Harvard Classics Volume 8: Nine Greek Dramas

Recently I finished Volume 8 of the Harvard Classics, which was nine ancient Greek dramas. Ancient Greek drama flourished over the course of two generations at the height of Classical Athens. It is really more appropriate to call it Athenian drama rather than Greek drama, as the most important playwrights all hailed from and performed in the great city.

The first playwright in the series is Aeschylus. Four of this plays are included in the compilation. The first three form the trilogy known as the Orestia. This covers story of Agamemnon’s murder by his wife Clytemnestra, revenge for Agamemnon sacrificing their daughter for favorable winds a decade prior, as well as the subsequent vengeance of Agamemnon’s remaining children, in particular Orestes, against their mother. The trilogy ends with Orestes, hounded by vengeful beings known as the Furies, being found innocent in the world’s first jury trial. This trilogy is obviously the most primitive of the works as there are only one or two characters on stage at a time, plus the chorus, and most of the text is in successive monologues rather than dialogues. The trilogy is wrought with expressions of emotion that are quite moving and it deals with some of the fundamental questions about the human condition. Ultimately the play is about grappling with vengeance versus justice and how vengeance creates a cycle of violence, and how only proper justice can break it. The other work by Aeschylus in this compilation, Prometheus Bound, deals with issues on a similar scope, though as it is just one play out a trilogy, its full weight remains lost to history. What is there deals with the creation of civilization.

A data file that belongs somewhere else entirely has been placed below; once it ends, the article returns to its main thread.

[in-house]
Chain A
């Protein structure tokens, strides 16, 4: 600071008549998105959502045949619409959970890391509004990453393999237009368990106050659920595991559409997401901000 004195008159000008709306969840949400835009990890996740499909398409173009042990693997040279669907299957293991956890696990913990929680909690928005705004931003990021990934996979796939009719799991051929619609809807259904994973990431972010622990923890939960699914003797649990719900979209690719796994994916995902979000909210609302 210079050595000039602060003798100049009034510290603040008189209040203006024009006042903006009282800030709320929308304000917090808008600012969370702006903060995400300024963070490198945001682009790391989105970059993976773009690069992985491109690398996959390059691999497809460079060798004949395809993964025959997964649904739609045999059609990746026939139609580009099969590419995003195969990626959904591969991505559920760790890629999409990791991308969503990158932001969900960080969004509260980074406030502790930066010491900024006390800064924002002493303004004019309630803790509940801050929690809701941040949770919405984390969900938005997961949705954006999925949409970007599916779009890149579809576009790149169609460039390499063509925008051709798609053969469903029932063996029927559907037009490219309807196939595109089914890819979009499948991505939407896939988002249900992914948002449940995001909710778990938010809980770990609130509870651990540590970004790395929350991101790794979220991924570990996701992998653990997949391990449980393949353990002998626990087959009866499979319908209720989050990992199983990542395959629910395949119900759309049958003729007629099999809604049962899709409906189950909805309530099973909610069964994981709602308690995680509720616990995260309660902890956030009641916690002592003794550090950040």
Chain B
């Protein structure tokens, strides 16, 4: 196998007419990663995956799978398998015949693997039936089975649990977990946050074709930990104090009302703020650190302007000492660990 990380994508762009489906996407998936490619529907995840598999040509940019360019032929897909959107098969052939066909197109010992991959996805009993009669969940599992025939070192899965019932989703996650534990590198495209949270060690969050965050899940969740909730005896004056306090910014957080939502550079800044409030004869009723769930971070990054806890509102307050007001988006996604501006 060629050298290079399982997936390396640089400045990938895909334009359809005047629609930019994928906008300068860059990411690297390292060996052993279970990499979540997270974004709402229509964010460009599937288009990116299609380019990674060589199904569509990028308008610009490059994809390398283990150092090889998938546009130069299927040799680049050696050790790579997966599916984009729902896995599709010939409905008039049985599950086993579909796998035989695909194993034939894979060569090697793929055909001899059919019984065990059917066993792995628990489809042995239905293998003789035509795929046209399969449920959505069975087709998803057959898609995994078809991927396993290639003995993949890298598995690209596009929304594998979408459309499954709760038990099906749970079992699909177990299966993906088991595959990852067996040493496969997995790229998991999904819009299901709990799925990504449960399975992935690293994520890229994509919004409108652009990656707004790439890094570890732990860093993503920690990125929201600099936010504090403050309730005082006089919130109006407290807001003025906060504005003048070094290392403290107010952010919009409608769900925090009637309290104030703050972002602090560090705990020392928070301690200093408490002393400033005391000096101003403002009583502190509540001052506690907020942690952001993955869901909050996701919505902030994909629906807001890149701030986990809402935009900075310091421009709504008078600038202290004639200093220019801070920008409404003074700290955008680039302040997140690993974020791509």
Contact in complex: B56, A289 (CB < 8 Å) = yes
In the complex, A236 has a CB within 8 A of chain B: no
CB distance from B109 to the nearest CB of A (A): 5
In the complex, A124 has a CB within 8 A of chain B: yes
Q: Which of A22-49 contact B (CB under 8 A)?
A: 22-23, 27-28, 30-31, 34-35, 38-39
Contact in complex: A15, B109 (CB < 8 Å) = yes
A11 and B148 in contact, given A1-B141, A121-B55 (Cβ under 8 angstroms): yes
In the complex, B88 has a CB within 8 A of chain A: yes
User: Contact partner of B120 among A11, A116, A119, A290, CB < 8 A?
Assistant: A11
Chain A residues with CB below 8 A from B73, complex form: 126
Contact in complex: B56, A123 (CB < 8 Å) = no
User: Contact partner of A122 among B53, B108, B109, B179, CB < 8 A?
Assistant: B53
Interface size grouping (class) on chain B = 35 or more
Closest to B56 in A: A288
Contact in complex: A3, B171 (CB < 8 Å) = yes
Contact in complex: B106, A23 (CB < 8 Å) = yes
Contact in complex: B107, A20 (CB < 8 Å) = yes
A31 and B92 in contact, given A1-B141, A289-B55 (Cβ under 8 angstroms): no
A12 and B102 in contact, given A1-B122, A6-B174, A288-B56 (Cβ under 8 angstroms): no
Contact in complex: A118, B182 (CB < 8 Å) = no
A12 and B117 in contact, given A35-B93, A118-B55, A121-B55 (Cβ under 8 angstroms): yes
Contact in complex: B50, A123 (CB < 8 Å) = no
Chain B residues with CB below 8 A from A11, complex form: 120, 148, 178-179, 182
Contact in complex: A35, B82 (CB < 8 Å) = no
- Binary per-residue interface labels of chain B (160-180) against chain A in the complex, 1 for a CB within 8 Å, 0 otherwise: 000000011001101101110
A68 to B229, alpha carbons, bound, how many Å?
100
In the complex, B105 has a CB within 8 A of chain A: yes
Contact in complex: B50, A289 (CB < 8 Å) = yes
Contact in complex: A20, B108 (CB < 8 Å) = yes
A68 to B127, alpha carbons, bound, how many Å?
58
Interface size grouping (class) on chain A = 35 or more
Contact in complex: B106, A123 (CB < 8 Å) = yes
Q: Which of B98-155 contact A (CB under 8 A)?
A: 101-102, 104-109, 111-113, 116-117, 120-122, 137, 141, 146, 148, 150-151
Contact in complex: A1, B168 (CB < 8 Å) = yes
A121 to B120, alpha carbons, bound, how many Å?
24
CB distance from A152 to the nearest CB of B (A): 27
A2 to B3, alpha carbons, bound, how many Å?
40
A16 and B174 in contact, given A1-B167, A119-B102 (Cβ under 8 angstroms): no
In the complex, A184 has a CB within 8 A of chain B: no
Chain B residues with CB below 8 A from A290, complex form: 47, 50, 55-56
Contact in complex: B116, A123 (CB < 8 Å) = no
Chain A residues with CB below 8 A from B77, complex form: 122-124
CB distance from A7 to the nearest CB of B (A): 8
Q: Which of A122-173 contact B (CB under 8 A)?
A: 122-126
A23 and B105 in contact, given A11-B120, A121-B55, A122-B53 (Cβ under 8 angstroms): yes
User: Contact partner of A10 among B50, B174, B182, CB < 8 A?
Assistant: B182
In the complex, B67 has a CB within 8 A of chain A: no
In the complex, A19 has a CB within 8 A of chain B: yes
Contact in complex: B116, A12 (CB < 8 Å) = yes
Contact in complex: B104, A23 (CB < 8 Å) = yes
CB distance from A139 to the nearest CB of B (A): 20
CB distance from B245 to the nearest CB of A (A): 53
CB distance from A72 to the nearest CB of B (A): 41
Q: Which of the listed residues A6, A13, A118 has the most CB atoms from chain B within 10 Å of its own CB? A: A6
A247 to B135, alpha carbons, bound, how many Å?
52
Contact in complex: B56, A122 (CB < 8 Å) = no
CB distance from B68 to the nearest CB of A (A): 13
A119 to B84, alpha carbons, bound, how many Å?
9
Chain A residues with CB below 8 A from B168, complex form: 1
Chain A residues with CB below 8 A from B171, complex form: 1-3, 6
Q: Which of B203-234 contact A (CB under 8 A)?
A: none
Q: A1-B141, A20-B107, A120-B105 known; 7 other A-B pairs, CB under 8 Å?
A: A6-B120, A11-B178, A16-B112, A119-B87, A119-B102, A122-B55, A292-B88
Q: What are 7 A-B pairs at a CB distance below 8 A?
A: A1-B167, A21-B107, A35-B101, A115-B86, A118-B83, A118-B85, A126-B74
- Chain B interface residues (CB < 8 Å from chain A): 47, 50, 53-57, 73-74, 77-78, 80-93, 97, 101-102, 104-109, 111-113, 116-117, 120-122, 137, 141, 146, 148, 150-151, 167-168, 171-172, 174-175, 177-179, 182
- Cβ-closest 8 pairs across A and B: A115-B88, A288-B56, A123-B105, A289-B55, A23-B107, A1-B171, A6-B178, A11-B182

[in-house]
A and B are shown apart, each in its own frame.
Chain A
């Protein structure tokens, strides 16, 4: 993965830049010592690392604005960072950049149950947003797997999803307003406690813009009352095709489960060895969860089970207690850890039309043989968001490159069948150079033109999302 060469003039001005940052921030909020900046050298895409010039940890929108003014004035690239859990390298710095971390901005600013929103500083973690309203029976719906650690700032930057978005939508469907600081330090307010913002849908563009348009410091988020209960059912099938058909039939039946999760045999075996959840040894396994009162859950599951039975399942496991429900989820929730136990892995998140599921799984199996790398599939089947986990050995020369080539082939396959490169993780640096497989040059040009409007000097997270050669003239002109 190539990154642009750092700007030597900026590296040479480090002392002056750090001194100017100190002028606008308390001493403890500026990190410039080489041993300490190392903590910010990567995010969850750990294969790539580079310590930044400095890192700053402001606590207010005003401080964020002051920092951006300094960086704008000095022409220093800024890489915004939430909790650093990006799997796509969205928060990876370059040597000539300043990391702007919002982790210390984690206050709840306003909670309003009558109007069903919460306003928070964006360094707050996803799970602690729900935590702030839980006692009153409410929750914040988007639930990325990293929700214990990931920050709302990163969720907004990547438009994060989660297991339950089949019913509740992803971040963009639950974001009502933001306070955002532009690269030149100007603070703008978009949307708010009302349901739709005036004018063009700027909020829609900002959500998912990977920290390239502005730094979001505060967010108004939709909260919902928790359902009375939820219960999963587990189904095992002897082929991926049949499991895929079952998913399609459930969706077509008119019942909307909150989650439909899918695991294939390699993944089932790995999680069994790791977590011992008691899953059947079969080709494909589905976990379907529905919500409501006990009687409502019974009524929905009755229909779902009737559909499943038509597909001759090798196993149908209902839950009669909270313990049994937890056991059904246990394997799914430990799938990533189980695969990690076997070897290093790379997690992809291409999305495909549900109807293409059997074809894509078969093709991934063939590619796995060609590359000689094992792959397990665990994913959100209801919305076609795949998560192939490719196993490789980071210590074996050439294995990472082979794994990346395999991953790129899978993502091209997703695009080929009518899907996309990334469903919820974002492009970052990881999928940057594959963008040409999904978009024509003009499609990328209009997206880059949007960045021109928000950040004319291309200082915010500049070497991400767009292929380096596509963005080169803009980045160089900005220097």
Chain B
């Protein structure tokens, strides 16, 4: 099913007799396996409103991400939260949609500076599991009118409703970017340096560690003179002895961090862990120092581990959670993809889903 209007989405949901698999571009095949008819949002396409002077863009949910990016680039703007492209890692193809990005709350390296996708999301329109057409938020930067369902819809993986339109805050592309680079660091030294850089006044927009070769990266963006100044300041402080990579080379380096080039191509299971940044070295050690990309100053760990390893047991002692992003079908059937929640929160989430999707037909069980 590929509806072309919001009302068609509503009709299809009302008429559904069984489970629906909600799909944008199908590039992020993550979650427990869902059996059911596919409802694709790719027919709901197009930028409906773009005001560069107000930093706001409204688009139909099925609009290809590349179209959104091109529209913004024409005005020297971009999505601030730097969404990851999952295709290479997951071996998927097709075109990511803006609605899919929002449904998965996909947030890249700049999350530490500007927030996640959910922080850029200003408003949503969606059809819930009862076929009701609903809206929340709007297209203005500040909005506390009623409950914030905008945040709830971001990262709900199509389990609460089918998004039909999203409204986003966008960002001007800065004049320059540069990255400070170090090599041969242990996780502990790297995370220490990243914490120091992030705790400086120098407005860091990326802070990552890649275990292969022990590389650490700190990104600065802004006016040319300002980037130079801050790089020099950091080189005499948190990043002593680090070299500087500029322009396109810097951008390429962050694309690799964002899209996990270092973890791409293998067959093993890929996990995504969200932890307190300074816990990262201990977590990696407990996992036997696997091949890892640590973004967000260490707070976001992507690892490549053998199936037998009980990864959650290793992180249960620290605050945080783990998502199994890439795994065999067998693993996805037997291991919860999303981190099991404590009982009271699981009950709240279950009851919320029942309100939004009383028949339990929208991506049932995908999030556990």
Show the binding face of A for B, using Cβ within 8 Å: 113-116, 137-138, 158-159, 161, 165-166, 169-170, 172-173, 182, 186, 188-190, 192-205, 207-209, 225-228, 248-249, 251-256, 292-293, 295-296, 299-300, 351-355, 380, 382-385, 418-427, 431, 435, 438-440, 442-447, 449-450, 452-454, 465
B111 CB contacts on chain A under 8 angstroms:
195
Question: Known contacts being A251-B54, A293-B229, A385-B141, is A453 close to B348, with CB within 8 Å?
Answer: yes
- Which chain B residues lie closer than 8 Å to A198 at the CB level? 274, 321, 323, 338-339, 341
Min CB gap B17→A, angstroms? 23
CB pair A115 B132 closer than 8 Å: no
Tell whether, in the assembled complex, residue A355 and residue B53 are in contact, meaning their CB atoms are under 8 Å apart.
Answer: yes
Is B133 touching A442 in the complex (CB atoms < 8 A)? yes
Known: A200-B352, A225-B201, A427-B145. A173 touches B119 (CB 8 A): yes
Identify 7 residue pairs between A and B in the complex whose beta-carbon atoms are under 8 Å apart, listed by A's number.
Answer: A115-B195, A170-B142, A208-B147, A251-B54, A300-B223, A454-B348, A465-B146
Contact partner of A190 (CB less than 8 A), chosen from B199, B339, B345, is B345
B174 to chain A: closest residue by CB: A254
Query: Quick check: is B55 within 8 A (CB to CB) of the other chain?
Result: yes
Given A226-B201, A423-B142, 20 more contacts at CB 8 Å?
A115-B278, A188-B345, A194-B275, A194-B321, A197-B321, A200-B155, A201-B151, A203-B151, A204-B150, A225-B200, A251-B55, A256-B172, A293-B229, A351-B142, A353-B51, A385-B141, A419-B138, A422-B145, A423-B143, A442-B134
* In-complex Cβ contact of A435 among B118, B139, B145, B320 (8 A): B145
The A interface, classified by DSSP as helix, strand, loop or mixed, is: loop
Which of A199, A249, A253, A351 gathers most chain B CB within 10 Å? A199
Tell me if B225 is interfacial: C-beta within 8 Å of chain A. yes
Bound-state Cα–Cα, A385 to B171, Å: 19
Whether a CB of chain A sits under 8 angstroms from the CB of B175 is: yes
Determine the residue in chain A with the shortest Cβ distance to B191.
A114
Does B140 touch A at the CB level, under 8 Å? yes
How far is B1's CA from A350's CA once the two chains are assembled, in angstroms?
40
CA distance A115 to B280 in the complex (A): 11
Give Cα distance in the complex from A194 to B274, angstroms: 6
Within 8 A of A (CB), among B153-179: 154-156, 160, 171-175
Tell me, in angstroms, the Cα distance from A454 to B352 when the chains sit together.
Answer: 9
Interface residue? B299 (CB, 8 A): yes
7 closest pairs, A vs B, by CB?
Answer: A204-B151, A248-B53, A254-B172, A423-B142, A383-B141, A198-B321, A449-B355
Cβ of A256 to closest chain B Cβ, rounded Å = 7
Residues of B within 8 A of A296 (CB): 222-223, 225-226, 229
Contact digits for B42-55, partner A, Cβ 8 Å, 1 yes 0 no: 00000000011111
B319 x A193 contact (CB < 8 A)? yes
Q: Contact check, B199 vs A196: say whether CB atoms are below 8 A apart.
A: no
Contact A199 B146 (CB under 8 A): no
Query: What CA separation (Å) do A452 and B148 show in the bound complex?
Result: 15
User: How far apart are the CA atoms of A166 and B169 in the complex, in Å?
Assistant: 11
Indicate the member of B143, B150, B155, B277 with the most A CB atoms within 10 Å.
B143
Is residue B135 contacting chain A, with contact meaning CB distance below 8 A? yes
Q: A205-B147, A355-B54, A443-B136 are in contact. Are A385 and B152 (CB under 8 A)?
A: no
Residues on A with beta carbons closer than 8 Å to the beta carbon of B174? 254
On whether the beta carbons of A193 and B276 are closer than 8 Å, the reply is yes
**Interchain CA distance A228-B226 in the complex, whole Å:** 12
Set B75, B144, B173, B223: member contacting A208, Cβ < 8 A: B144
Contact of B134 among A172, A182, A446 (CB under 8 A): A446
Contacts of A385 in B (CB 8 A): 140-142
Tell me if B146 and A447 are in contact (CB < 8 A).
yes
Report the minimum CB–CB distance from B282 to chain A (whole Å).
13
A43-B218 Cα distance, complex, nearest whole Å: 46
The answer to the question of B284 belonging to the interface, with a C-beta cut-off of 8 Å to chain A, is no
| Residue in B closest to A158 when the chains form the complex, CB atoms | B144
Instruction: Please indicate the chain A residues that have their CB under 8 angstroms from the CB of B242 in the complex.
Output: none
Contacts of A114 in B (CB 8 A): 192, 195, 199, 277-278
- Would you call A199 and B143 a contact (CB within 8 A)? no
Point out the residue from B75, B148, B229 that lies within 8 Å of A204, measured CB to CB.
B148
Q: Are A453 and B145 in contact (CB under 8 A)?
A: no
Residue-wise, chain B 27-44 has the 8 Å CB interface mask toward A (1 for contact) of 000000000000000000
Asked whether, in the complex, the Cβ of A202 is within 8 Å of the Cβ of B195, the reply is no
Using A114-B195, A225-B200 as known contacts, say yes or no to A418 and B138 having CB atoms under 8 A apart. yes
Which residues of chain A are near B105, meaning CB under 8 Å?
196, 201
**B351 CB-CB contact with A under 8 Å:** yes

The second playwright that is included in the compilation is Sophocles. Sophocles is somewhat younger than Aeschylus and is more poetic and writes more in dialogue with people having conversations rather than the alternating monologues of Aeschylus. However, the deep themes that get to the root of humanity appear both in Oedipus Rex and in Antigone. We see Oedipus discover the horrible truth due to his zealousness for his job as king, and, in the larger sense, his hubris in striving for power. Antigone depicts two characters, Antigone & Creon who are in impossible positions, concerning the burial of Antigone’s brother, also Oedipus’ younger son, who rebelled and was slain in combat against his elder brother who also died. Creon, Oedipus’ uncle & now King of Thebes, declares that the rebel will not be buried according to custom, and Antigone defies him in order bury him properly. At conflict are the rights of Kings, respect for tradition, punishment and sacrifice.

Next is Euripides. I feel like my opinion of Euripides was tainted by the introduction provided in the Harvard Classics that pointed out that the subject matter was much less impressive than the previous works, even if the poetry was superior. Both plays by Euripides that were included, Hippolytus and The Bacchae  seem diminished in comparison to the other two playwrights. Hippolytus sees mortals manipulated by the gods into a series of unfortunate events, while The Bacchae is about the youngest god, Dionysus conflict against those who deny his divinity to extreme ends. The Bacchae certainly speaks more to the universal human condition and highlights the conflict between the id and the superego, with Dionysus embodying the unbridled id.